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Iraq War Veteran Spared From Deportation, Prosecution

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WASHINGTON -- A military veteran who was facing deportation will likely be allowed to stay in the United States after he was released from immigration detention earlier this month, in part thanks to help from Rep. Frederica Wilson (D-Fla.).

Navy Reserve Petty Officer Elisha Dawkins, 26, entered a pre-trial diversion program on Tuesday that will spare him from federal charges for allegedly lying when he applied for a U.S. passport in 2006, a crime that could have landed him in prison for 10 years.

Dawkins, who served in Iraq and Guantanamo Bay in the Army and Navy Reserve, was born to a Bahamian woman in either the U.S. or the Bahamas, but has American birth certificates and knows no other country, his attorney Clark Mervis said. But he has unknowingly faced deportation since the age of 8 after his mother was deported back to the Bahamas.

Dawkins joined the Army after high school and served in Iraq, and then attended nursing school, joined the Navy Reserve and served as a photographer in Guantanamo Bay.

When he returned to the United States, he was arrested for allegedly lying when he applied for a U.S. passport in 2006 -- a crime that could have sent him to prison for 10 years -- and placed in removal proceedings.

Wilson, who represents the district where Dawkins grew up, heard about his story and intervened on his behalf, writing a letter to Secretary of Homeland Security Janet Napolitano.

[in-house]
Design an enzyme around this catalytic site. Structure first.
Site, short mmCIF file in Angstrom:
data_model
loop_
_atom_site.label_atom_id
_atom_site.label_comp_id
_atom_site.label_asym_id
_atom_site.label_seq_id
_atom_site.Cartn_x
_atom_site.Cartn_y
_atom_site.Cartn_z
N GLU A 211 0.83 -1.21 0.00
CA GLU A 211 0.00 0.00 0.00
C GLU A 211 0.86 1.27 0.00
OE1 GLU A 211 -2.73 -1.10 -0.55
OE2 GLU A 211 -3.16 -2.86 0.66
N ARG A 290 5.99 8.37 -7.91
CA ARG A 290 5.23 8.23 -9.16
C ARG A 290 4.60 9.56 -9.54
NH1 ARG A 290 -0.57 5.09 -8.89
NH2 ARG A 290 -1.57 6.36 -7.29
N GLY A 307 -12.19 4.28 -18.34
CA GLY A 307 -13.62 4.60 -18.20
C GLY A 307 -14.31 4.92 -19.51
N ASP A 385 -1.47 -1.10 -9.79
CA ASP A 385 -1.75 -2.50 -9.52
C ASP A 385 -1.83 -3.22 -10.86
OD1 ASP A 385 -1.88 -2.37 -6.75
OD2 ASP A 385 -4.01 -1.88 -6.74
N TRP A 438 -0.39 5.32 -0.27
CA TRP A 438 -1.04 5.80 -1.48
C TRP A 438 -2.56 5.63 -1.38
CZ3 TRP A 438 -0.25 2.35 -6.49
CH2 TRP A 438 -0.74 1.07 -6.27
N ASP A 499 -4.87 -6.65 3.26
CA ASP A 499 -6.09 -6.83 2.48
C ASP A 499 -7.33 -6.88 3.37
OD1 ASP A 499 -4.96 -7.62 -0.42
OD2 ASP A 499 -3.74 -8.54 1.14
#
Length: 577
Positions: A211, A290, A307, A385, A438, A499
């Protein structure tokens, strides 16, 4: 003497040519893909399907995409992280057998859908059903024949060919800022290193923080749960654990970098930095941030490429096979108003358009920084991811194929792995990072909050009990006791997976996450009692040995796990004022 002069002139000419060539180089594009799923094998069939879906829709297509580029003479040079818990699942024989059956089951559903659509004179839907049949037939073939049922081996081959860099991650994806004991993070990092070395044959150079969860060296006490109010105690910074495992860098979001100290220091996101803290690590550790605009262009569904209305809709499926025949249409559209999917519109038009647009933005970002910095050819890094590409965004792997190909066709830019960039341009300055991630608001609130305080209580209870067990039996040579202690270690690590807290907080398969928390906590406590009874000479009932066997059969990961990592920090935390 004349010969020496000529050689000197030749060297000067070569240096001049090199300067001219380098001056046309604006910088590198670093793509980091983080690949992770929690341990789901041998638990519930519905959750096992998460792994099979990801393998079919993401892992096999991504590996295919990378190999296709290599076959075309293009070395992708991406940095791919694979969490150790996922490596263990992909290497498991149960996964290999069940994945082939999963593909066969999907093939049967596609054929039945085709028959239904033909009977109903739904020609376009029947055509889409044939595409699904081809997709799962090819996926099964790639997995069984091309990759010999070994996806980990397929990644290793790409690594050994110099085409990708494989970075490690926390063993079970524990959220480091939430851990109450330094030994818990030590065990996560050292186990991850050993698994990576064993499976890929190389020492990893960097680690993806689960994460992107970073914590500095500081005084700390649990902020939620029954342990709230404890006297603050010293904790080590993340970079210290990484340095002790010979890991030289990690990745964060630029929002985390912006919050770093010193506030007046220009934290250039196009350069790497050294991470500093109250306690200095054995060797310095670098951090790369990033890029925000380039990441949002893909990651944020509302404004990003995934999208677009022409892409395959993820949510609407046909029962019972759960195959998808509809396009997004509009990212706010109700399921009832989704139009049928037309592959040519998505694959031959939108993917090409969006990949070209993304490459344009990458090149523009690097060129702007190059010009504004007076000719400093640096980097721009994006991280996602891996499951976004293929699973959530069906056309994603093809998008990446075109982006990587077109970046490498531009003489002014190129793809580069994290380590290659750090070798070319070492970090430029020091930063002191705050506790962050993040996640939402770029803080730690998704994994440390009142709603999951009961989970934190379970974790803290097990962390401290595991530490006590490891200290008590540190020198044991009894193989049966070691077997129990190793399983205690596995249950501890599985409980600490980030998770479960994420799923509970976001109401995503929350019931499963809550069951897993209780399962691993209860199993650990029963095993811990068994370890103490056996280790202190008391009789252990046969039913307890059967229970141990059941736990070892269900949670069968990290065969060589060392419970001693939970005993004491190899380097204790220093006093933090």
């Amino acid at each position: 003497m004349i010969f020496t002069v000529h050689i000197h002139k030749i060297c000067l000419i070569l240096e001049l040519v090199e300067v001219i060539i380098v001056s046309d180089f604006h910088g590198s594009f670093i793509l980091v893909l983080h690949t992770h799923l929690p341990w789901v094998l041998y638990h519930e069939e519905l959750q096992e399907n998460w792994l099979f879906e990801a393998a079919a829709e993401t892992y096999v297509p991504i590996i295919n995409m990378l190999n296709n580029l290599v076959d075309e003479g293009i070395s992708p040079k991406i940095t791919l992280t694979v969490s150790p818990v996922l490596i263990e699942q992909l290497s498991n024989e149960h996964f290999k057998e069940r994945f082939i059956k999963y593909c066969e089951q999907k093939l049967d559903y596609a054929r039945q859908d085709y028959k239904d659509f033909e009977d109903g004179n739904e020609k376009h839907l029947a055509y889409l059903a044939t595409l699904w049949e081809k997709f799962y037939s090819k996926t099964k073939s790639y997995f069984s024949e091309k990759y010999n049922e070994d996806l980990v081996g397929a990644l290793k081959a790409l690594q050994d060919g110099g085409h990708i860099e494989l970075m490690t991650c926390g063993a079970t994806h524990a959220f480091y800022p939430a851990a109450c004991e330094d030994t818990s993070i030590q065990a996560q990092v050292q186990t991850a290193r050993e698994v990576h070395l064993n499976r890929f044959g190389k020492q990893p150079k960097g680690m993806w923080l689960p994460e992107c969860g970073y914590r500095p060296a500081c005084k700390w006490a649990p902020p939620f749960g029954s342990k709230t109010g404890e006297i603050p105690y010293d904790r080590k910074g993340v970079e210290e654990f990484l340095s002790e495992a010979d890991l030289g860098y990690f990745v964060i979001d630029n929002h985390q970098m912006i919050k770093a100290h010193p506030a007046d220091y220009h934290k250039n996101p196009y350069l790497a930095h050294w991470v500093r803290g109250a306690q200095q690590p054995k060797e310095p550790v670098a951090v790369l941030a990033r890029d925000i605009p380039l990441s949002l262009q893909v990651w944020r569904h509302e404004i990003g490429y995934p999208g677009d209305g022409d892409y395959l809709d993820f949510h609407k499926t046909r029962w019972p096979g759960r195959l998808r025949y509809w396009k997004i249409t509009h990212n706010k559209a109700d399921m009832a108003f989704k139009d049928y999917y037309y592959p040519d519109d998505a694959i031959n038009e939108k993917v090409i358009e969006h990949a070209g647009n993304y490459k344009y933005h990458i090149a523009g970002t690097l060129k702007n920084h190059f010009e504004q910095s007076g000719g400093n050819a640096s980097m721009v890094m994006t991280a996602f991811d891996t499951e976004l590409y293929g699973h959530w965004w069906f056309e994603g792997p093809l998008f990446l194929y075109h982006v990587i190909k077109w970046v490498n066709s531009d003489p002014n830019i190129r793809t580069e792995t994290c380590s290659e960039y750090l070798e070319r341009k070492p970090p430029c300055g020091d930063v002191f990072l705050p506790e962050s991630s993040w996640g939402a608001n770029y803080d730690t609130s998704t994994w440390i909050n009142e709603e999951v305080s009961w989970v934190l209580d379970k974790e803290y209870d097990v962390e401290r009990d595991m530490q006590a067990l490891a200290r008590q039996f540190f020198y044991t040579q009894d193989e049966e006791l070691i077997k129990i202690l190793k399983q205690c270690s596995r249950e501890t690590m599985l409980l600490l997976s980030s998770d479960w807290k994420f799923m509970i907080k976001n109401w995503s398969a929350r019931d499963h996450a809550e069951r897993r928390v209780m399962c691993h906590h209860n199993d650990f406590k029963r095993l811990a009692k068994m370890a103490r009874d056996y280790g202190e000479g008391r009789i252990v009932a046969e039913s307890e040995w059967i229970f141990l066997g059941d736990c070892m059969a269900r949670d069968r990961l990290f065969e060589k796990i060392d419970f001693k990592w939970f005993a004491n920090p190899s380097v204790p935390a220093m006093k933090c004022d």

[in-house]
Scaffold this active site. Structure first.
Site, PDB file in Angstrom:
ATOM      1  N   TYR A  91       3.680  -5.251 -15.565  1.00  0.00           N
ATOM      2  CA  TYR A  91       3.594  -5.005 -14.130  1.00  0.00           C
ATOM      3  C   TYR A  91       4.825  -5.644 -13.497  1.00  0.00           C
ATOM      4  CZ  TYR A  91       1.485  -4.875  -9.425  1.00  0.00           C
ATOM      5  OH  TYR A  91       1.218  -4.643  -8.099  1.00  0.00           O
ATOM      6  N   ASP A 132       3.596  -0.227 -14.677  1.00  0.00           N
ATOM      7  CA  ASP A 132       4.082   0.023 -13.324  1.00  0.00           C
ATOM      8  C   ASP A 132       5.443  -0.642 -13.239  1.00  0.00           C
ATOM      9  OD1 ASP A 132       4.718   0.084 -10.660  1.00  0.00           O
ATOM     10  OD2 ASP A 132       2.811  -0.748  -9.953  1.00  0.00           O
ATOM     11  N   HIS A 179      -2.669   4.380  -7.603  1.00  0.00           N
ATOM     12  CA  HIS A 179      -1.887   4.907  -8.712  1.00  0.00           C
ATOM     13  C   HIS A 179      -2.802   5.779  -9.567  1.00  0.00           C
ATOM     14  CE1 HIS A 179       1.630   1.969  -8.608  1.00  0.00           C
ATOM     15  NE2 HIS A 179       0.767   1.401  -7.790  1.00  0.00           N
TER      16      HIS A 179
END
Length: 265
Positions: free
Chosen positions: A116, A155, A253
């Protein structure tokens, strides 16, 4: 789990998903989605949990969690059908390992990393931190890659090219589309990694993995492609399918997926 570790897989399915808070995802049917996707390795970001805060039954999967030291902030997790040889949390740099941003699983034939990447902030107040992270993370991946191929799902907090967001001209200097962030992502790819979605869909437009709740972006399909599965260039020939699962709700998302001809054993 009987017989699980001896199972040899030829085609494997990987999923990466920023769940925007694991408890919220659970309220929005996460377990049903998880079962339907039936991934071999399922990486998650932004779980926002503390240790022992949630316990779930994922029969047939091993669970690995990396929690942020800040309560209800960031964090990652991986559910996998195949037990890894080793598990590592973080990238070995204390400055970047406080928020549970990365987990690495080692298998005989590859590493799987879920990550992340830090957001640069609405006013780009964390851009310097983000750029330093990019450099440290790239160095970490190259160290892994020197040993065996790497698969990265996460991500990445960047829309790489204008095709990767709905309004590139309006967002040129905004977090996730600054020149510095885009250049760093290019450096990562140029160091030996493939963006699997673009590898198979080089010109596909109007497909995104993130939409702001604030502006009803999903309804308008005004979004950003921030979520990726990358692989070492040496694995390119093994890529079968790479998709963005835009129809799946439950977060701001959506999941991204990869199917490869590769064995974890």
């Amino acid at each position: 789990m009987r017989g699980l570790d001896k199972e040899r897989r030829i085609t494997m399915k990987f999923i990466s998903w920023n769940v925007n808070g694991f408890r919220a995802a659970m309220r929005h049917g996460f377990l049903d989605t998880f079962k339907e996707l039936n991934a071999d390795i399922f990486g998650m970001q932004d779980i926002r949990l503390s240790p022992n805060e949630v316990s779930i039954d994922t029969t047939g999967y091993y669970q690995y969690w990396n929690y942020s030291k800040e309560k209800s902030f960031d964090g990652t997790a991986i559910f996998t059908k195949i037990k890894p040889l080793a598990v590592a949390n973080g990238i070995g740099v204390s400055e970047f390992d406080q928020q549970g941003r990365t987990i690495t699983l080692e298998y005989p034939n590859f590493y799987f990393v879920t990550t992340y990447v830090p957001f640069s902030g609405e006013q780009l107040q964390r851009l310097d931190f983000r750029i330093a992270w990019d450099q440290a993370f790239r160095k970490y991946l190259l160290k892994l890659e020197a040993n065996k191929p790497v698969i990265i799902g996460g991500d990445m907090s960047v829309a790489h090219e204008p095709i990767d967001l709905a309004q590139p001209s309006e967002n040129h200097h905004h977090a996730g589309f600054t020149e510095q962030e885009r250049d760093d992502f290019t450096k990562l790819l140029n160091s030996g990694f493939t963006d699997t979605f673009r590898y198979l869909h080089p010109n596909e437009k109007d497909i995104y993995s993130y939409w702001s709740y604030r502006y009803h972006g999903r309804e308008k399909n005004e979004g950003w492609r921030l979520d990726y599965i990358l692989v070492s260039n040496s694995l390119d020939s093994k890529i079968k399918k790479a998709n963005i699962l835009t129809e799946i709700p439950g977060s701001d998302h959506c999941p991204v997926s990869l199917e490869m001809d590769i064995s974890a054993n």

"It was a tear-jerker for me when I realized all of his service," Wilson told HuffPost on Tuesday. "The real tear-jerker was that he spent two months in detention."

Wilson pointed out an administration policy that allows military combat veterans pathways to citizenship, and Dawkins' detainer was lifted on July 1. Under the pre-trial diversion program, charges will be dropped in 90 days for his alleged lying on passport documents.

Now, his lawyer is working toward citizenship for Dawkins.

"If he was starting from scratch, he would clearly be eligible under the provisions that allow combat veterans to naturalize, so we feel like at the end of the day he will be a United State citizen," Mervis said.

But until Congress acts on some type of immigration reform, more veterans could face detention and deportation, Wilson said. The solution would be to pass the DREAM Act, she said, which allows some undocumented young people who entered the U.S. as children to stay if they attend school or join the military.

"What we need to do as a nation is adopt the DREAM Act," she said. "Until we do that, we will always have people who are patriots who will suffer unjustly."

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